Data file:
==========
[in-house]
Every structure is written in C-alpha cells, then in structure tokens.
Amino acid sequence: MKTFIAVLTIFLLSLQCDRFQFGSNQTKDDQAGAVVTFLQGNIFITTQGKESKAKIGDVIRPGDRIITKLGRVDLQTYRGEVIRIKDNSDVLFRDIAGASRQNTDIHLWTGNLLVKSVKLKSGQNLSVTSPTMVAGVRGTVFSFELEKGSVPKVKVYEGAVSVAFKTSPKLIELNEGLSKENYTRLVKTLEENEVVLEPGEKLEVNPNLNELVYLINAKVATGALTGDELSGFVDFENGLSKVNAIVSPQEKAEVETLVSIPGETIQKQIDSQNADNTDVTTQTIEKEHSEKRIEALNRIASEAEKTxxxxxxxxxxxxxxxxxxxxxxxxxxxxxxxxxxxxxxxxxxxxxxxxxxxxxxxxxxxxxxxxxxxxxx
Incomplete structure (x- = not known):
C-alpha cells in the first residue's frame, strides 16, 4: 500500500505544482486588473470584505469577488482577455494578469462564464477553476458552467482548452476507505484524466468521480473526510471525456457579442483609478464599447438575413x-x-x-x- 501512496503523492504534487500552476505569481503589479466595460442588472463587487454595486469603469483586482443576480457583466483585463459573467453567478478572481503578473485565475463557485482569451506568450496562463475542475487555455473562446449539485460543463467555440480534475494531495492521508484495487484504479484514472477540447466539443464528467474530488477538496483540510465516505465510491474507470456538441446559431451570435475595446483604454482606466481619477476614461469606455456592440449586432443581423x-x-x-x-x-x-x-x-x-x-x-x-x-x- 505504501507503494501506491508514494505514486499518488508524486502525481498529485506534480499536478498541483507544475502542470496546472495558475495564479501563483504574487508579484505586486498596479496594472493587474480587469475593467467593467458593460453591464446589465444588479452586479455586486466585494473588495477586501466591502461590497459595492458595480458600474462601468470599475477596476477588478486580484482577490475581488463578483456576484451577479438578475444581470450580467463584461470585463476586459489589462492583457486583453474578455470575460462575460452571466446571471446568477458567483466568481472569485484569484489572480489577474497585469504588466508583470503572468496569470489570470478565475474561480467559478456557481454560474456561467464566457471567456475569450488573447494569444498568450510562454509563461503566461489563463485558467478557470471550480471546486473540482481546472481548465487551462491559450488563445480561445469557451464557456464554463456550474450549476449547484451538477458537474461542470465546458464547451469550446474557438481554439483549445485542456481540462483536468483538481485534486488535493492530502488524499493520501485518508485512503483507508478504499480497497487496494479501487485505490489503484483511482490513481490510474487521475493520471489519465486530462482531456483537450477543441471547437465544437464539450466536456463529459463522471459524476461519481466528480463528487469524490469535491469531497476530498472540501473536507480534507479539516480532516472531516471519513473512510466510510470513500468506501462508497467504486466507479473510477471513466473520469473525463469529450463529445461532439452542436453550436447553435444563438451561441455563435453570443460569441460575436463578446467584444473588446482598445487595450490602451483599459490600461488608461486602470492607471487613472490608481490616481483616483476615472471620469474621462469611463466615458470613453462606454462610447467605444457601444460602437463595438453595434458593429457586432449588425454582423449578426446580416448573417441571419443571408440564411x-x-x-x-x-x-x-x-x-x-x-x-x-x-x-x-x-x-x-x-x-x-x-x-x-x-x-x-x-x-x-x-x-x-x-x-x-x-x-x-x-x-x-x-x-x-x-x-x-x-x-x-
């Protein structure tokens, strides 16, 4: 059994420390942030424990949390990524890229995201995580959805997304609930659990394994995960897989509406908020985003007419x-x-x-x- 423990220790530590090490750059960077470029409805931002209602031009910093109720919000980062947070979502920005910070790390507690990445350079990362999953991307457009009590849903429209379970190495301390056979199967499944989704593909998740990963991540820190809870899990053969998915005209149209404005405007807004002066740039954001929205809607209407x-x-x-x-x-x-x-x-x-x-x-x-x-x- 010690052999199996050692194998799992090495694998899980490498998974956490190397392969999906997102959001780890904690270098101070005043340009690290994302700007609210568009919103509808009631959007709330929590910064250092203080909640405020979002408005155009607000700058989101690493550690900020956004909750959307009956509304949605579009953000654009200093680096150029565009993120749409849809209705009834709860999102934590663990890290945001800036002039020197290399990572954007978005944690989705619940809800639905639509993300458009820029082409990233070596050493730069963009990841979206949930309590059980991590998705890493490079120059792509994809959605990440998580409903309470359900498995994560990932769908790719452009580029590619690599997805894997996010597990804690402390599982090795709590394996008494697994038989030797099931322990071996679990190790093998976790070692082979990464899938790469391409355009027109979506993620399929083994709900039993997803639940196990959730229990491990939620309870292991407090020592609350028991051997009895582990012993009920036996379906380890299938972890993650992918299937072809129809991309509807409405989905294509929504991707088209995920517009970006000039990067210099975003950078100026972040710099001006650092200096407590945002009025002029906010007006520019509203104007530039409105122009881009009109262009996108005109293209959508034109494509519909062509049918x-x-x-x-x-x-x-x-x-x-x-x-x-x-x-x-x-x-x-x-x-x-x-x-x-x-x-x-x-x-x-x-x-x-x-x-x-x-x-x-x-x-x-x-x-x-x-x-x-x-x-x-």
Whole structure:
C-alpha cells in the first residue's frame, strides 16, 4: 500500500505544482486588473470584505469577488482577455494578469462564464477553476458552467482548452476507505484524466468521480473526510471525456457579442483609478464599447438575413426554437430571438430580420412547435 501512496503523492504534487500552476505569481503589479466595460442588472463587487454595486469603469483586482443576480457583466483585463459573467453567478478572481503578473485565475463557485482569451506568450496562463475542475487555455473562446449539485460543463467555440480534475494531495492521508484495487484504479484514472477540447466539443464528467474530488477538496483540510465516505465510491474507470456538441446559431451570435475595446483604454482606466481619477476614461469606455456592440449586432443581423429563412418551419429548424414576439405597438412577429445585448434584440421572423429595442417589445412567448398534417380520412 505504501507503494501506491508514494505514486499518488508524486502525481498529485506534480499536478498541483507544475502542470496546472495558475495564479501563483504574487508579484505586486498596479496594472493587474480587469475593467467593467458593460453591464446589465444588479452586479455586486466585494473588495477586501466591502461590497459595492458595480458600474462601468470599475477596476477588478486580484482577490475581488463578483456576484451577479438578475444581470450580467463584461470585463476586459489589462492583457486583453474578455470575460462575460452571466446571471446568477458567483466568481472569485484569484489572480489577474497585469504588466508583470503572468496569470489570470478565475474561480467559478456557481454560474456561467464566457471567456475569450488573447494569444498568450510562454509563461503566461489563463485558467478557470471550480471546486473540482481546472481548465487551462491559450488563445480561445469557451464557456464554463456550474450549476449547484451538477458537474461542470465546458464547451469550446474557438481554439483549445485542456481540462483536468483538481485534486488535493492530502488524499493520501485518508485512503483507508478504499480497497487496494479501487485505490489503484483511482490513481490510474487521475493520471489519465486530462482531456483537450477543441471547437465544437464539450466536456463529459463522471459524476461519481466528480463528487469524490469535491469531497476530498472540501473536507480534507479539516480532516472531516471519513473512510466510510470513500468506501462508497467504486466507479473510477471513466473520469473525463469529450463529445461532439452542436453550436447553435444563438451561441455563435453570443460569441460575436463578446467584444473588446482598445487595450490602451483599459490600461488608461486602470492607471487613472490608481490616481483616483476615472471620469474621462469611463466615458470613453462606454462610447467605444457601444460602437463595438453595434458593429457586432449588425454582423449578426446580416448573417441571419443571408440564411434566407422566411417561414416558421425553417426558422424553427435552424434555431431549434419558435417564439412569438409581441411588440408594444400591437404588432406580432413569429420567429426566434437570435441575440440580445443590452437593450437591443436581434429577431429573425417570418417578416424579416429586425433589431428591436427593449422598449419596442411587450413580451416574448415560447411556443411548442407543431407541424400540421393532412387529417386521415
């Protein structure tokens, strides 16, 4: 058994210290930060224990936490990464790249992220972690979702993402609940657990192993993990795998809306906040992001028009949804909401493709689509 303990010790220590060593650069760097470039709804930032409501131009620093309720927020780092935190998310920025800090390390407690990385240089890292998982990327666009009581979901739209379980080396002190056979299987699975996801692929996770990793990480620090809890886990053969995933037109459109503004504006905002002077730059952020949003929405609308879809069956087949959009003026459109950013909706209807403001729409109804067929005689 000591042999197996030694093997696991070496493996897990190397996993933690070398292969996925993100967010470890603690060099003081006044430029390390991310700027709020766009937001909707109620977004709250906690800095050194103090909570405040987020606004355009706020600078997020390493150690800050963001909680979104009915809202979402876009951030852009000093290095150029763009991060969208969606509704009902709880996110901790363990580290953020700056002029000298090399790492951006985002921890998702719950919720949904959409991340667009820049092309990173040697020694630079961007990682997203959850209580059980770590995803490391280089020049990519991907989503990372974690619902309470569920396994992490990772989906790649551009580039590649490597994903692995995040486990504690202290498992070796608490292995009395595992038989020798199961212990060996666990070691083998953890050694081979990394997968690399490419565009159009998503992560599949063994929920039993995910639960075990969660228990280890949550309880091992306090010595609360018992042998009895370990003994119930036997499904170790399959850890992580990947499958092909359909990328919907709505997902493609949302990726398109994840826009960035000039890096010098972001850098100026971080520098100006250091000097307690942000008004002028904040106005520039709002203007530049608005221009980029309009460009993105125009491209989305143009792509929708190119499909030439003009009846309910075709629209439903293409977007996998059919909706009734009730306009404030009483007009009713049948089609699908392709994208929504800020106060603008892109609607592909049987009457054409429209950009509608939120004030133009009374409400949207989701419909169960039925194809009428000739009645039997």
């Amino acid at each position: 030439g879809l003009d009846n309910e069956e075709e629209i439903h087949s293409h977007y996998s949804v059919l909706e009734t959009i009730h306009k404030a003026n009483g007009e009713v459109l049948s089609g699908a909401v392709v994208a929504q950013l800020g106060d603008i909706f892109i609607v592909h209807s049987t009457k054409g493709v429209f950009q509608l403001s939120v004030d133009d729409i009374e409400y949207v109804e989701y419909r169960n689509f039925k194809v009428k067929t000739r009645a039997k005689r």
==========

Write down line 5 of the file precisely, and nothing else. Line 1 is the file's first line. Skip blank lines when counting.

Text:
C-alpha cells in the first residue's frame, strides 16, 4: 500500500505544482486588473470584505469577488482577455494578469462564464477553476458552467482548452476507505484524466468521480473526510471525456457579442483609478464599447438575413x-x-x-x- 501512496503523492504534487500552476505569481503589479466595460442588472463587487454595486469603469483586482443576480457583466483585463459573467453567478478572481503578473485565475463557485482569451506568450496562463475542475487555455473562446449539485460543463467555440480534475494531495492521508484495487484504479484514472477540447466539443464528467474530488477538496483540510465516505465510491474507470456538441446559431451570435475595446483604454482606466481619477476614461469606455456592440449586432443581423x-x-x-x-x-x-x-x-x-x-x-x-x-x- 505504501507503494501506491508514494505514486499518488508524486502525481498529485506534480499536478498541483507544475502542470496546472495558475495564479501563483504574487508579484505586486498596479496594472493587474480587469475593467467593467458593460453591464446589465444588479452586479455586486466585494473588495477586501466591502461590497459595492458595480458600474462601468470599475477596476477588478486580484482577490475581488463578483456576484451577479438578475444581470450580467463584461470585463476586459489589462492583457486583453474578455470575460462575460452571466446571471446568477458567483466568481472569485484569484489572480489577474497585469504588466508583470503572468496569470489570470478565475474561480467559478456557481454560474456561467464566457471567456475569450488573447494569444498568450510562454509563461503566461489563463485558467478557470471550480471546486473540482481546472481548465487551462491559450488563445480561445469557451464557456464554463456550474450549476449547484451538477458537474461542470465546458464547451469550446474557438481554439483549445485542456481540462483536468483538481485534486488535493492530502488524499493520501485518508485512503483507508478504499480497497487496494479501487485505490489503484483511482490513481490510474487521475493520471489519465486530462482531456483537450477543441471547437465544437464539450466536456463529459463522471459524476461519481466528480463528487469524490469535491469531497476530498472540501473536507480534507479539516480532516472531516471519513473512510466510510470513500468506501462508497467504486466507479473510477471513466473520469473525463469529450463529445461532439452542436453550436447553435444563438451561441455563435453570443460569441460575436463578446467584444473588446482598445487595450490602451483599459490600461488608461486602470492607471487613472490608481490616481483616483476615472471620469474621462469611463466615458470613453462606454462610447467605444457601444460602437463595438453595434458593429457586432449588425454582423449578426446580416448573417441571419443571408440564411x-x-x-x-x-x-x-x-x-x-x-x-x-x-x-x-x-x-x-x-x-x-x-x-x-x-x-x-x-x-x-x-x-x-x-x-x-x-x-x-x-x-x-x-x-x-x-x-x-x-x-x-